Web page size, speed, and performance

Measure site speed and optimize code to help reduce abandonment rates and make your site successful.

By Terrence Dorsey
September 25, 2015
Hummingbird Hummingbird (source: O'Reilly)


The performance of your website is as valuable as ever, and grows in
importance every year as ecommerce takes a bigger bite of the sales pie,
mobile online use continues to grow, and the web in general becomes ever
more entangled in our lives. There’s one significant problem: websites
seem to be getting slower every year, not faster.

There are many reasons why websites are slow. Servers are an important
aspect of web performance, and in some respects that’s a solved problem, but there are still many high-profile sites that demonstrate poor performance even with sophisticated hardware.
If you’re serious about it at all, you’re not going to be running a site
on shared hosting and expecting to handle significant traffic surges
without a problem. Building out a site with load balancing, dedicated
database resources, and so on is simple enough. It’s really a matter of a
little expertise, some planning, and a budget. But adding server
resources before fixing more basic performance issues brings its own

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Web pages themselves present a different issue: they keep getting
bigger and more complicated. Radware and Strangeloop have been
measuring web page size and performance for the Alexa top 2,000 retail
websites going back to 2010. Their most recent report noted that, in
2014, web pages among the sites examined are bigger than they’ve ever
been. The average web page for the top 500 Alexa sites was a whopping
1.4MB. Yes, megabytes!

Make the Web Faster

Moore’s Law takes care of this, right? Faster processors, bigger pipes,
better software. Applications used to come on a single 1.44MB floppy.
Now they require a DVD (or more likely a several-gigabyte download), but
they run just as fast while providing more features. This means big web pages shouldn’t be a problem, right? Just throw more technology at your site—faster servers, more RAM, caching and load balancing services, a NoSQL database—and the problem should be solved.

Unfortunately, it’s more complicated than that. Your backend hardware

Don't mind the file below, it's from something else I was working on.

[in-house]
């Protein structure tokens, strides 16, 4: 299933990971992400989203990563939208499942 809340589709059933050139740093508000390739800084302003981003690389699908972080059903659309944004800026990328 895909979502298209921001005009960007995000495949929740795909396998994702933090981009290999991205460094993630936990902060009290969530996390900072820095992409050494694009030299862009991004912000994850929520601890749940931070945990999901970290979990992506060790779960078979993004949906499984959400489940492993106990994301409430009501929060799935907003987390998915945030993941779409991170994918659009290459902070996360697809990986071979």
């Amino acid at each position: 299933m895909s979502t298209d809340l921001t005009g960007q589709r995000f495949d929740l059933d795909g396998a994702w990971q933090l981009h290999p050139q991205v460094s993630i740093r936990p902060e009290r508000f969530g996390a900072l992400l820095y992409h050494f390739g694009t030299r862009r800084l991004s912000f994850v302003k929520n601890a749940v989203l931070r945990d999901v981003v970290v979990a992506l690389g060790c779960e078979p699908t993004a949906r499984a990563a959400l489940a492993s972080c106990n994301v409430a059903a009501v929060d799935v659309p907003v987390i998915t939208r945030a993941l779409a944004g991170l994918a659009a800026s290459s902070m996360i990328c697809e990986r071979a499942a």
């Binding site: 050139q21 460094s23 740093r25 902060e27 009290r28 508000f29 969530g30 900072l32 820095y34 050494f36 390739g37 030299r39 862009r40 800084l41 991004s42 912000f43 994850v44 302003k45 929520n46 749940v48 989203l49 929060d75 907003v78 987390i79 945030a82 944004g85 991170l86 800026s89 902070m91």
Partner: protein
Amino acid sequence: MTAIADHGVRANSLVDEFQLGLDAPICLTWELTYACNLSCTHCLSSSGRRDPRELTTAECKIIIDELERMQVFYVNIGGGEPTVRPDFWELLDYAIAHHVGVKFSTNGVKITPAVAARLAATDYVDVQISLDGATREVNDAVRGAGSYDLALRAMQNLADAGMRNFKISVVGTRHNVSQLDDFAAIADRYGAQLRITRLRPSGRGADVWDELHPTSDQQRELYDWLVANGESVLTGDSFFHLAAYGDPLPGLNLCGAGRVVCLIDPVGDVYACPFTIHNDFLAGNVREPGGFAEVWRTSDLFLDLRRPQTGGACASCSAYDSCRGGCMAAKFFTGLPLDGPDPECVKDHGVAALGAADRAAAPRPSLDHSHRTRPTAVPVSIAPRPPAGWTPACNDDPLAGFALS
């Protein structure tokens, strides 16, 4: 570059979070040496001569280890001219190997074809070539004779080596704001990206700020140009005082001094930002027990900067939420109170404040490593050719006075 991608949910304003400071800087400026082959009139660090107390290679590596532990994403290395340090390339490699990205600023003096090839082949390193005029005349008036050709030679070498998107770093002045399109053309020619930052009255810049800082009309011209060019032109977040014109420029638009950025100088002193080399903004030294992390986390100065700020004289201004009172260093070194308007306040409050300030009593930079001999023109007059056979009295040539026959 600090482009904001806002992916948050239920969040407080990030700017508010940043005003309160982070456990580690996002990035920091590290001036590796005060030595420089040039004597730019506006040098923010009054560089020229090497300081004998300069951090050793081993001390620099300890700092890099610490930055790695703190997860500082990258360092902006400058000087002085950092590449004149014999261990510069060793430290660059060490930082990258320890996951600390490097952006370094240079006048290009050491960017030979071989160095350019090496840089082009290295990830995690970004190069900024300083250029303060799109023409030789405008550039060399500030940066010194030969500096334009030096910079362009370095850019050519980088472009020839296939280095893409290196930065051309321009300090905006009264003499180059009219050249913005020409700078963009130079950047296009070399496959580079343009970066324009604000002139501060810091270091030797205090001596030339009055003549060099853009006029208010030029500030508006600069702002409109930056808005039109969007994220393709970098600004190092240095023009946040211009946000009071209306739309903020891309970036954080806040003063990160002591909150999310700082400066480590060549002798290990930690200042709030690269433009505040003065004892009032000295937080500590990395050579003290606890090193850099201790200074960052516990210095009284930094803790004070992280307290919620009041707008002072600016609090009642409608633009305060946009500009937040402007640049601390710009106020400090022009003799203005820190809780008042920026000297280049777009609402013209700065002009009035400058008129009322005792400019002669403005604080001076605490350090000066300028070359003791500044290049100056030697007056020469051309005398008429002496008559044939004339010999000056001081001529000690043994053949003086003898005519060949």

and software are only one facet of the performance problem. There’s
certainly an opportunity to performance-tune the backend of your site
either by optimizing its configuration or simply adding more horsepower.
However, along this path you’re likely to encounter the need for much
deeper technical knowledge along with added costs and complexity.

There’s another path that I think you should explore first. Plus-size
web pages are a problem all on their own. A large web page takes up a
great deal more bandwidth in transit and many more round trips for
everything to arrive on the computers of your visitors. The more
visitors, the more bits flying around. Your first task should be a
simple one: examine whether the size and complexity of your web pages
themselves are creating a performance bottleneck.

The Simple Path to Performance

Making your web experience quicker and more enjoyable for visitors may
not require a large investment in new development languages and
frameworks or state-of-the-art hardware. It may
be as simple as making sure the basic HTML, CSS, and JavaScript
components of your site—the foundational frontend building blocks of
the Web for nearly 20 years—have been optimized. This is all well-known
technology and shouldn’t be a problem, but evidence shows us it is a
problem… and it’s getting worse from year to year.

In this article I’ll explain why web pages have become so large, and I’ll
take a look at why that’s a problem for visitors to your website — and
possibly a problem for your business. Then I’ll show you a few
simple but often overlooked frontend development techniques to
help whip your web pages into shape, slimming them down and resulting in the best performance possible.

Post topics: Performance